What could a lavish Hollywood musical and a modest film about a gay Thai volleyball team possibly have in common? Quite a bit, as it turns out. Funny Girl and The Iron Ladies are part of a long tradition of movies about misfits who triumph against the odds, and both films utilize real-life stories to further other agendas.
Watching Funny Girl 33 years after its initial release, several things are shockingly clear. The first is that incredibly versatile director William Wyler injected a surprising vigor into an old-fashioned musical by applying the same clear-eyed confidence he used for dramas (The Best Years of Our Lives), comedies (Roman Holiday) and epics (Ben-Hur) alike. But Funny Girl is even more striking for the way Barbra Streisand, in her portrayal of vaudeville-era comedienne and chanteuse Fanny Brice, so effectively created her own mythology.
Now an established icon (and a director who credits the demanding, meticulous Wyler as a role model), Streisand was then a red-hot pop star making her big-screen debut, and Funny Girl is the ultimate coming-out party. The character of Fanny Brice was tailor-made for her, but this alone (see Mariah Carey in Glitter for comparison) doesn’t account for the fusion that took place between performer and role.
Streisand’s Fanny is the ugly duckling who blossoms into a swan, the unconventional beauty who wins adoration for her undeniable talent and the sheer force of her personality. She gets not just the handsome prince (Omar Sharif as gambler Nick Arnstein) but becomes a star of the Ziegfeld Follies, more adored than the famed showgirls.
Amid the film’s triumphs (Streisand’s heartfelt rendering of “People,” the famous aerial shot of a tugboat passing the Statue of Liberty), Funny Girl can’t quite get beyond the obvious conflict: Brice was laughing on the outside (her irreverent stage persona) while crying on the inside (her marriage collapses under the weight of her immense fame). But the complex performances from both Streisand and Sharif ground the film in the kind of emotional reality that distinguishes a great musical from merely an entertaining one.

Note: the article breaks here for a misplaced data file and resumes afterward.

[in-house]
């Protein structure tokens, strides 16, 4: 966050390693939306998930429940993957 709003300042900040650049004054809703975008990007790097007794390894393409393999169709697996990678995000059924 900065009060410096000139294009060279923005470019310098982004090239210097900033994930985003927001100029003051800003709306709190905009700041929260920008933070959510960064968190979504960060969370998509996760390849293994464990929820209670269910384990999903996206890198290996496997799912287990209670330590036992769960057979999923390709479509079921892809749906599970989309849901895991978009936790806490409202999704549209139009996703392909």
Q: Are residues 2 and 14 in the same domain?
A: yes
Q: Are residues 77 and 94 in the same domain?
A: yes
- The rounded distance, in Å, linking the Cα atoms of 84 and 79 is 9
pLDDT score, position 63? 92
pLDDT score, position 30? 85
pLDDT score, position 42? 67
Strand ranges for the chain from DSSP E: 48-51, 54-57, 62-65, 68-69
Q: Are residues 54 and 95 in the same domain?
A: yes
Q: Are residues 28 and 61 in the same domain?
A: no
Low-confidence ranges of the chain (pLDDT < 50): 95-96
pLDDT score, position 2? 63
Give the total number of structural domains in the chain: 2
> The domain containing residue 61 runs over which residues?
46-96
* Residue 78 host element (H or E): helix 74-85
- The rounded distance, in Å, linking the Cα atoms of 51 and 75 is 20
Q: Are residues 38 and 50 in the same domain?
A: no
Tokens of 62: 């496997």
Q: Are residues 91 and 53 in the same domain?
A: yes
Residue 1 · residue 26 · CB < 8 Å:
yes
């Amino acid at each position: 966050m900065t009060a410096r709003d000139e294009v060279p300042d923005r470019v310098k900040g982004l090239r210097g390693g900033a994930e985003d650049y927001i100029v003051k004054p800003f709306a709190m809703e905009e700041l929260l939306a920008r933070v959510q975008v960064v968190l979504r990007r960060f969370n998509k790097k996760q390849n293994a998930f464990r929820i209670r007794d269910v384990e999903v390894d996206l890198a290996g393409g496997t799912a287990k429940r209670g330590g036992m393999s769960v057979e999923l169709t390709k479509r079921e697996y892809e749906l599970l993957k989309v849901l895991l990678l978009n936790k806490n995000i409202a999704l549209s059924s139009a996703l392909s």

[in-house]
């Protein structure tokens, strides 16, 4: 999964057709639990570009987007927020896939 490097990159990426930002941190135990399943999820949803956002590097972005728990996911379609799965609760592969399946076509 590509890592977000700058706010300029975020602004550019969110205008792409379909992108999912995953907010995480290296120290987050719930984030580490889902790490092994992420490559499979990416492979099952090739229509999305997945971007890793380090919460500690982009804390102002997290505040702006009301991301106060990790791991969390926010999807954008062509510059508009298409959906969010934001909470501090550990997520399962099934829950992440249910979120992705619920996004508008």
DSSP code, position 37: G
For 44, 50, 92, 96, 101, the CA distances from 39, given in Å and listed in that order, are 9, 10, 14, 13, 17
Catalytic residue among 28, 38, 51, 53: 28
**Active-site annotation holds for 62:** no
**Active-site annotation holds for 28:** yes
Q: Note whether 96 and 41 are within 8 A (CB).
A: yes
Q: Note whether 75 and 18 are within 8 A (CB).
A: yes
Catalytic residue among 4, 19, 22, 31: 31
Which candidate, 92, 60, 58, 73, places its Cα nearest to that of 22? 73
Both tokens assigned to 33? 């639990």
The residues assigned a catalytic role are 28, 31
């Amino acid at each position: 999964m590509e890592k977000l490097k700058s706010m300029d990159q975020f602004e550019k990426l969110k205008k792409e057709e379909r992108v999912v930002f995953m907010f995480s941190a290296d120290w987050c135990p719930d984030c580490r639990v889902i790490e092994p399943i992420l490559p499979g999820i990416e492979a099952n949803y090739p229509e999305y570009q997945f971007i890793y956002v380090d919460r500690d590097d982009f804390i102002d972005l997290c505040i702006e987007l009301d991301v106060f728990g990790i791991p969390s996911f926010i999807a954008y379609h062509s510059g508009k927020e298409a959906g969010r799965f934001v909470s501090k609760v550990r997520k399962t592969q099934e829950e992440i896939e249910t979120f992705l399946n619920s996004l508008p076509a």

The Iron Ladies, on the other hand, uses entertainment as a vehicle for social change. In a film that’s alternately daring and frivolous, director Yongyoot Thongkongtoon re-creates the 1996 winning season of a volleyball team composed primarily of gay men who became media darlings in Thailand. The Iron Ladies, as they christen themselves, are wildly flamboyant on the court and off, flying in the face of Asian expectations of proper manhood.
Director Thongkongtoon has fused an exciting sports story line with a call for tolerance, and he succeeds in portraying the team members as athletes who want to make a point as much as they want to play. The quiet dignity of Coach Bee (Siridhana Hongsophon), a soft-spoken lesbian who believes in sportsmanship as the great equalizer, anchors the team. Yet what Iron Ladies fails to do (as is so often the case in movies about team sports) is to effectively portray the individual players as more than archetypes: Wit (Ekachai Buranapanit) is deep in the closet; cabaret performer Pia (Gokgorn Benjathikul) has a conflicted bisexual lover; blissfully feminine Jung (Chaichan Nimpoonsawas) is an eternal optimist; and taciturn Mon (Sahaparp Virakamin) can’t believe he’ll be accepted as both a gay man and an athlete.
Yet there’s an infectious enthusiasm to Thongkongtoon’s film, a desire for the underdog to win which propels it over the rough spots (such as a supremely silly barroom brawl), and shows how these Iron Ladies gather strength from what others perceive as weakness.
Funny Girl opens Friday exclusively at the Maple Art Theatre (4135 W. Maple, W of Telegraph). Call 248-542-0180. The Iron Ladies opens Friday exclusively at the Main Art Theatre (118 N. Main, Royal Oak). Call 248-542-0180.
Serena Donadoni writes about film for Metro Times. E-mail her at firstname.lastname@example.org.